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A gibbus in puerperium
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  1. Rakesh Biswas,
  2. Vijay Baghel,
  3. Shiv Shanker
  1. People’s College of Medical Sciences, Bhopal, 462010, India
  1. rakesh7biswas{at}gmail.com

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A 20-year-old woman started experiencing severe low back ache during the second month of her fourth pregnancy. She continued to have intermittent backache with low grade fever and had a spontaneous vaginal delivery in the eighth month.

The infant died 10 h after birth.

Four days after delivery she noticed a deformity in her back (fig 1).

Figure 1 Physical appearance of patient’s back.

On examination she had a lump in the left iliac fossa and ultrasound revealed a mass which was confirmed to be a psoas abscess. An x ray of dorso-lumbar spine revealed a wedge shaped compression fracture of the 12th thoracic vertebra (fig 2). Her chest x ray showed military mottling.

Figure 2 Radiography revealing compression fracture of the 12th thoracic vertebra.

She was started on antitubercular therapy (World Health Organization category 1) and recovered gradually.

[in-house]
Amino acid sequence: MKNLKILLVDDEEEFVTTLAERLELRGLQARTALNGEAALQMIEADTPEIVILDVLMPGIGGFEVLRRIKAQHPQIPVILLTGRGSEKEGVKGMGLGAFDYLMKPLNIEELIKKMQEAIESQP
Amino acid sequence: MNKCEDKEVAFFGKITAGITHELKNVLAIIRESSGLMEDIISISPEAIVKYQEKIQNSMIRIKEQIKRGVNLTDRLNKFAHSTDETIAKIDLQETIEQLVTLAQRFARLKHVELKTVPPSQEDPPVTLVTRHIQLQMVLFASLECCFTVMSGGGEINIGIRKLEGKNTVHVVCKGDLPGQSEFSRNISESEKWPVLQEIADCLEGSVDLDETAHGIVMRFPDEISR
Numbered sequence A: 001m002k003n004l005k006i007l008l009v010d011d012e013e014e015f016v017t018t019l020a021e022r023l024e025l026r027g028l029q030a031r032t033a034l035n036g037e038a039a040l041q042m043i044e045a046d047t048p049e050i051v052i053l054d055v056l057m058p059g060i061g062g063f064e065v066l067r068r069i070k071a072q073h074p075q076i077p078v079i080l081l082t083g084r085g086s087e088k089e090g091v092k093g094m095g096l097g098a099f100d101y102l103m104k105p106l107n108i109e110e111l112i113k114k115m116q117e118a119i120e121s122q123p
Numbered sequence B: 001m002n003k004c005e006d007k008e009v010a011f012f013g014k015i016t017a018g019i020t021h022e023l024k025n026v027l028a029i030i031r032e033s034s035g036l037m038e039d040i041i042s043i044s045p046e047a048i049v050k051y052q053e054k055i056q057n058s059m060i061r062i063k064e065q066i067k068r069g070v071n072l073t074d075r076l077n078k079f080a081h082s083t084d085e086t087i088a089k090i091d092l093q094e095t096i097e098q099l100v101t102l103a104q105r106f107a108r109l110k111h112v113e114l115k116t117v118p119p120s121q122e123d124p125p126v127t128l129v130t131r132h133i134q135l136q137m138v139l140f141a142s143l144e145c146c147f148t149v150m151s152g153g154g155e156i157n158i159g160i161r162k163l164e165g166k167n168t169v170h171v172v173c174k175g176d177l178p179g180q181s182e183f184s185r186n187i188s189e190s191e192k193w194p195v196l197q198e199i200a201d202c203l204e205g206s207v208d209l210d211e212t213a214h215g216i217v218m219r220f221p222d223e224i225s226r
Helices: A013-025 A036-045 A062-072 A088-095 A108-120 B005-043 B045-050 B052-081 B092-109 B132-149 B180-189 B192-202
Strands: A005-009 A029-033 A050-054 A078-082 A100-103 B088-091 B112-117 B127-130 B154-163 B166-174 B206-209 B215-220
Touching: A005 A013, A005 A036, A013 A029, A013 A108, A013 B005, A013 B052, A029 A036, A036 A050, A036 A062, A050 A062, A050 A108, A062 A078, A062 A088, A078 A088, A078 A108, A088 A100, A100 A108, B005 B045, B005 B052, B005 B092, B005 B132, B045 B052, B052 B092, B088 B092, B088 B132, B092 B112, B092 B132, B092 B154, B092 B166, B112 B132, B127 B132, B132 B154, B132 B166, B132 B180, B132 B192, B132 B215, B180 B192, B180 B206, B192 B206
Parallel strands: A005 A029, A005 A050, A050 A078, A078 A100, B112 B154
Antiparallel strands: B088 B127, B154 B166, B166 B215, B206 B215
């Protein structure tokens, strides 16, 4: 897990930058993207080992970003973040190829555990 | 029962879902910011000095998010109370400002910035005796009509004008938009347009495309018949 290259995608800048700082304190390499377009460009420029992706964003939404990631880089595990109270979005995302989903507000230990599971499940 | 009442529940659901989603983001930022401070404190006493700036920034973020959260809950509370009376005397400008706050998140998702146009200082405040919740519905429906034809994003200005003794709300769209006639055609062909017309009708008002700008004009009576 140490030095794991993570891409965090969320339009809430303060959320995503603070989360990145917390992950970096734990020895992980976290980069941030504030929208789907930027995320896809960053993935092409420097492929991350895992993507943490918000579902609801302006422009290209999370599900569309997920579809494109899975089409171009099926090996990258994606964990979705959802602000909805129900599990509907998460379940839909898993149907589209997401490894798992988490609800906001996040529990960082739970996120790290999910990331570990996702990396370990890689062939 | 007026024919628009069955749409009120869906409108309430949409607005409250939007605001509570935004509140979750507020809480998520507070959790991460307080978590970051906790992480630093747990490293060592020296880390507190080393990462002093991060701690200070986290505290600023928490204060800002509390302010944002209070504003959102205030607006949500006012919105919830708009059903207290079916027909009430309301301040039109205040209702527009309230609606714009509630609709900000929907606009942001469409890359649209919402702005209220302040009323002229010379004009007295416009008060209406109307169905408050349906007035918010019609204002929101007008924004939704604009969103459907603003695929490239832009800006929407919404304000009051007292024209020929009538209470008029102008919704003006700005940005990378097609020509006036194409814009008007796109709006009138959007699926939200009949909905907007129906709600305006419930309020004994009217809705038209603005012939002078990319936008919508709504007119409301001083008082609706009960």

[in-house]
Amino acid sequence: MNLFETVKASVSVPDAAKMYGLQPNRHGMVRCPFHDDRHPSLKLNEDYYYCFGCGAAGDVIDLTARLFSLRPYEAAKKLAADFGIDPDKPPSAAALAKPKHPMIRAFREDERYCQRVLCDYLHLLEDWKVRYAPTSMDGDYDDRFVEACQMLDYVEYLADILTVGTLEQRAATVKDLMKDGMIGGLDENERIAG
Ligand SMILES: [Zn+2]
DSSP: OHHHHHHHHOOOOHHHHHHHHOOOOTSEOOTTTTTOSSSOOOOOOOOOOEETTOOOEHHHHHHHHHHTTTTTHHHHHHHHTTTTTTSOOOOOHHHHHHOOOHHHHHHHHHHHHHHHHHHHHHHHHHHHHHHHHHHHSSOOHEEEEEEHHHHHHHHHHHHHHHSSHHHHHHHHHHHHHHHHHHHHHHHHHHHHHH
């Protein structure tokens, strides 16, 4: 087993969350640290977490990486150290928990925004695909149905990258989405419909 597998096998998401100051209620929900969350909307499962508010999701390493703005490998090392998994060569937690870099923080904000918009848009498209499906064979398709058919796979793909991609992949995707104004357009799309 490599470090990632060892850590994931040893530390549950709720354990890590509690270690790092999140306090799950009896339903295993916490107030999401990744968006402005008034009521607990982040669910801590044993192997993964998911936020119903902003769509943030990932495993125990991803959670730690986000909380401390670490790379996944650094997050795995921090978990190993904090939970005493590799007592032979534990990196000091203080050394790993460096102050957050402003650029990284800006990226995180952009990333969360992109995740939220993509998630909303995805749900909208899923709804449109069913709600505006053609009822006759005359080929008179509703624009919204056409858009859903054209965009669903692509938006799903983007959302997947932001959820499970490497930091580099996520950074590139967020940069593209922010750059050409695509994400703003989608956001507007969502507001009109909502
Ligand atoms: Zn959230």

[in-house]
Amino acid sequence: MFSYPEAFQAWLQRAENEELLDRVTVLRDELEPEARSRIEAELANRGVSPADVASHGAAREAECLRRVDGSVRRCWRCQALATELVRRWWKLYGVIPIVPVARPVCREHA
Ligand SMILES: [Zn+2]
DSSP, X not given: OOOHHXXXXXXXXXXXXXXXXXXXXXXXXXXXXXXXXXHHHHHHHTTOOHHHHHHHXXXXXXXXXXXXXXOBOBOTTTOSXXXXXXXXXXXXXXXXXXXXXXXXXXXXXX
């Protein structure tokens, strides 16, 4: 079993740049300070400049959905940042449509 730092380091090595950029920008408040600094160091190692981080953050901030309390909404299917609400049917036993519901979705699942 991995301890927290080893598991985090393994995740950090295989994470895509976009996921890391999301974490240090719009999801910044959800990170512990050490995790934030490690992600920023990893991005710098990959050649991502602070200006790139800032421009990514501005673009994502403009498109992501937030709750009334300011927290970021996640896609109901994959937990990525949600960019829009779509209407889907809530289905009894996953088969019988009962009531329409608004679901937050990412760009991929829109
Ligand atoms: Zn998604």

In a prospective series from India, women with disseminated tubercular involvement had higher rates of antenatal hospitalisation, produced infants with low Apgar scores (⩽6) soon after birth, and with low birth weight.1 In a prospective case series from the UK a predominance of disseminated tuberculosis was noted in recent Indian immigrants; the diagnosis was delayed as the disease was frequently extrapulmonary with few symptoms.2 The incidence rate of spinal tuberculosis in a recent series was 1.17 per 100 000 females and 0.916 per 100 000 males. The thoracic spine was affected in 42% of the cases. About 32% presented with incomplete paraplegia.3

In the presence of low grade fever and other symptoms specific to organ involvement in pregnancy, one needs to be vigilant for tubercular dissemination. This approach is likely to be very familiar to health professionals working in areas where tuberculosis is endemic, but may be under-appreciated by those who care for patients at higher risk of the disease in areas where tuberculosis is not endemic.

Acknowledgments

All the health professionals of People's College of Medical Sciences who were involved in the care of this patient.

REFERENCES

Footnotes

  • Competing interests: none.

  • Patient consent: Patient/guardian consent was obtained for publication